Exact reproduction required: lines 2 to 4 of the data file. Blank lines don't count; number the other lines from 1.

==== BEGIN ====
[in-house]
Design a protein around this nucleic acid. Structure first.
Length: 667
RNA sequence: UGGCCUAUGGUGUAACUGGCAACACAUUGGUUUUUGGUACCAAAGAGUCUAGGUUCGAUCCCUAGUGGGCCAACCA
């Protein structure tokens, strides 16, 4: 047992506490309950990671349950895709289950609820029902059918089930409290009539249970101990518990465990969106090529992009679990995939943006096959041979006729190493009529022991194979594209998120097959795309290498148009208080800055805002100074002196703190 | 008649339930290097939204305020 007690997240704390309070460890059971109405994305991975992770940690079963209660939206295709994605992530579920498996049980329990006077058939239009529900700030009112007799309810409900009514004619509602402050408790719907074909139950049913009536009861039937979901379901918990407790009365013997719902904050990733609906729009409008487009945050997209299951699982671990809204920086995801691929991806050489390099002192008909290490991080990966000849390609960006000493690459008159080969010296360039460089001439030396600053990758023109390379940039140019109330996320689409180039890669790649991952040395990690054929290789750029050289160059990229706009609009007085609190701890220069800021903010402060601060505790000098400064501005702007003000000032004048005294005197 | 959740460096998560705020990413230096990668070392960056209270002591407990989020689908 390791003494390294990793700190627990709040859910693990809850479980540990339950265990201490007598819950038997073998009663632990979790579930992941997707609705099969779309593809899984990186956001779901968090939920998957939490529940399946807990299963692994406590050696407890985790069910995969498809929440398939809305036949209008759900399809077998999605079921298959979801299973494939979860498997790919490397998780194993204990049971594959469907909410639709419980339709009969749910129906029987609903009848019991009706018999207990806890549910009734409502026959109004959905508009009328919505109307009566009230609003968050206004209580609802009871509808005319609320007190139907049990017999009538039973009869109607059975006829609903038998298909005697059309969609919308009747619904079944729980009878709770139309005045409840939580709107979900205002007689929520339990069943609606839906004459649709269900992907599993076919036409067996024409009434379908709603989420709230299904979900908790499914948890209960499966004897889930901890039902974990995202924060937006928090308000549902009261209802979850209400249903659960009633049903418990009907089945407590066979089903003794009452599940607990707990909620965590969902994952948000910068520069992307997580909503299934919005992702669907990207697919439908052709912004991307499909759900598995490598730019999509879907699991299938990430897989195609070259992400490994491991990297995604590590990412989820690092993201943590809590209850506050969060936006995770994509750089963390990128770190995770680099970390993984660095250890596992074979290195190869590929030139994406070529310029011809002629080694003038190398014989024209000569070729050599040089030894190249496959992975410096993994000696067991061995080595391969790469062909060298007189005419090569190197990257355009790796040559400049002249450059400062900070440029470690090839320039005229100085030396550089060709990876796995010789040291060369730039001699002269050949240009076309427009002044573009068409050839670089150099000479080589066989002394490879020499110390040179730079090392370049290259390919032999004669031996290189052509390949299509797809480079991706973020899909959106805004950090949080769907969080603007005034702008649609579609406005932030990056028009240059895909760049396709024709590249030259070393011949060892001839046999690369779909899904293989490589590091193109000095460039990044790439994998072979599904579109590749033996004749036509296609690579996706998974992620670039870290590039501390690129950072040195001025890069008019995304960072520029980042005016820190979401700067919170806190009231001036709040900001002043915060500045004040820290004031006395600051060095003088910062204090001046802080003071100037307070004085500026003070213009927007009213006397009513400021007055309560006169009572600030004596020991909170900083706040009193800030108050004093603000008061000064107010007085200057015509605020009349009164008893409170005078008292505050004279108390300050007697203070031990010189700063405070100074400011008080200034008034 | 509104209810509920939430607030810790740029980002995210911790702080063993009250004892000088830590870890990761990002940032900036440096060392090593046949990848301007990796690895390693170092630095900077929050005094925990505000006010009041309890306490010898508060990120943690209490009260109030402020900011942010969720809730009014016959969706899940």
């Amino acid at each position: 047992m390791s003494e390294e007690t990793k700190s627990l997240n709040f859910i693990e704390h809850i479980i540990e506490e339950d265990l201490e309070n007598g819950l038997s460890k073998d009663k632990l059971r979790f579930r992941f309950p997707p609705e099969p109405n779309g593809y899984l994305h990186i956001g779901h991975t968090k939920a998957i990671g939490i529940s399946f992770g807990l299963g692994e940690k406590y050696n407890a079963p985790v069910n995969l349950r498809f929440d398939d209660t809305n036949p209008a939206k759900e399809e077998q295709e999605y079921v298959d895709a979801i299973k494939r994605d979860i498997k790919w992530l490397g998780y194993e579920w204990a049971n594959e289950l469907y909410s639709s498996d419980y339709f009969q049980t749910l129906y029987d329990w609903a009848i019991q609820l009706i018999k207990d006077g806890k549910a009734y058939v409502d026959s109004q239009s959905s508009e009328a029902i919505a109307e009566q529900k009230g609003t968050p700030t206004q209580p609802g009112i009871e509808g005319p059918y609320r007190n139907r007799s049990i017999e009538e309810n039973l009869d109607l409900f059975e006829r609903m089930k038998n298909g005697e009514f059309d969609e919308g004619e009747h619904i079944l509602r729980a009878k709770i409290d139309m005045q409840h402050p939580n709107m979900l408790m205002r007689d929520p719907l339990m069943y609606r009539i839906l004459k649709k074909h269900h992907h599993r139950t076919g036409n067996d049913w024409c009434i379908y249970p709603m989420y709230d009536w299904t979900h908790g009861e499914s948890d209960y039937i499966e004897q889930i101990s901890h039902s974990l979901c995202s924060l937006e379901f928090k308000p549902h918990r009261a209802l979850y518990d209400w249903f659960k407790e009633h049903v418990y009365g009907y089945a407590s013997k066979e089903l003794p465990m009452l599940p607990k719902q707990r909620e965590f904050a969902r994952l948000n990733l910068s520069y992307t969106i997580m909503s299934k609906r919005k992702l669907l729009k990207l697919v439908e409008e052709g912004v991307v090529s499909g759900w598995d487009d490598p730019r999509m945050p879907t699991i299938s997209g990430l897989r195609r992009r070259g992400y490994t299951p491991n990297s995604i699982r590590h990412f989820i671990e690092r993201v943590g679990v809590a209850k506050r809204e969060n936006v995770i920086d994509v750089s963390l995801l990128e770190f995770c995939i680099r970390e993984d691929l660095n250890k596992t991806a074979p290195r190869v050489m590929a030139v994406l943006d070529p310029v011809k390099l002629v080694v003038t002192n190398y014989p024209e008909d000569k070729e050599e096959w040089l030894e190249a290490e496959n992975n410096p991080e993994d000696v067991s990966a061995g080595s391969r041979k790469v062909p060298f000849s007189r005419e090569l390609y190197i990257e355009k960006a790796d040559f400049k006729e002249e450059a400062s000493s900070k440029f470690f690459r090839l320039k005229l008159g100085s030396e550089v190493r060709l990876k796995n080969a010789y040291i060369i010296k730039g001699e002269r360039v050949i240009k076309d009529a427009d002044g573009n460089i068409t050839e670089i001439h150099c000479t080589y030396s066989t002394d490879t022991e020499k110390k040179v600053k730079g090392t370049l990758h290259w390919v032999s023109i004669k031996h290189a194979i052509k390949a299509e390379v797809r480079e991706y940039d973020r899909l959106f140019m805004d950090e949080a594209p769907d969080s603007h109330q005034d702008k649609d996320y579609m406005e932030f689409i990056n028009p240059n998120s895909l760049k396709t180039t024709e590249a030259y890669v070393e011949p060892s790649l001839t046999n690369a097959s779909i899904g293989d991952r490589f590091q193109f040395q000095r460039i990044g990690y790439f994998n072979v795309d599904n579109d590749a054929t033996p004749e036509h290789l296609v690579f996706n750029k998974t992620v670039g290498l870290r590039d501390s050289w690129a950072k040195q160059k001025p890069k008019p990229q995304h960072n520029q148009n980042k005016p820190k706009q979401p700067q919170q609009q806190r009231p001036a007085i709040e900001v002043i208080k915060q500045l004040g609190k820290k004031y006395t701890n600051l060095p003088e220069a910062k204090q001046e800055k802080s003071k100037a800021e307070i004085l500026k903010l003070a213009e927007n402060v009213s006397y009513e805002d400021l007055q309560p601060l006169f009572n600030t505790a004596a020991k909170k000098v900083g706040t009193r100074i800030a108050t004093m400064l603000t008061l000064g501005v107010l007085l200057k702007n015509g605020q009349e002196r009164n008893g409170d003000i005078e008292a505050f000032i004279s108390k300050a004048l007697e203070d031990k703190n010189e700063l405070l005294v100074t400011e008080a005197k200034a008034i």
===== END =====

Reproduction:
Design a protein around this nucleic acid. Structure first.
Length: 667
RNA sequence: UGGCCUAUGGUGUAACUGGCAACACAUUGGUUUUUGGUACCAAAGAGUCUAGGUUCGAUCCCUAGUGGGCCAACCA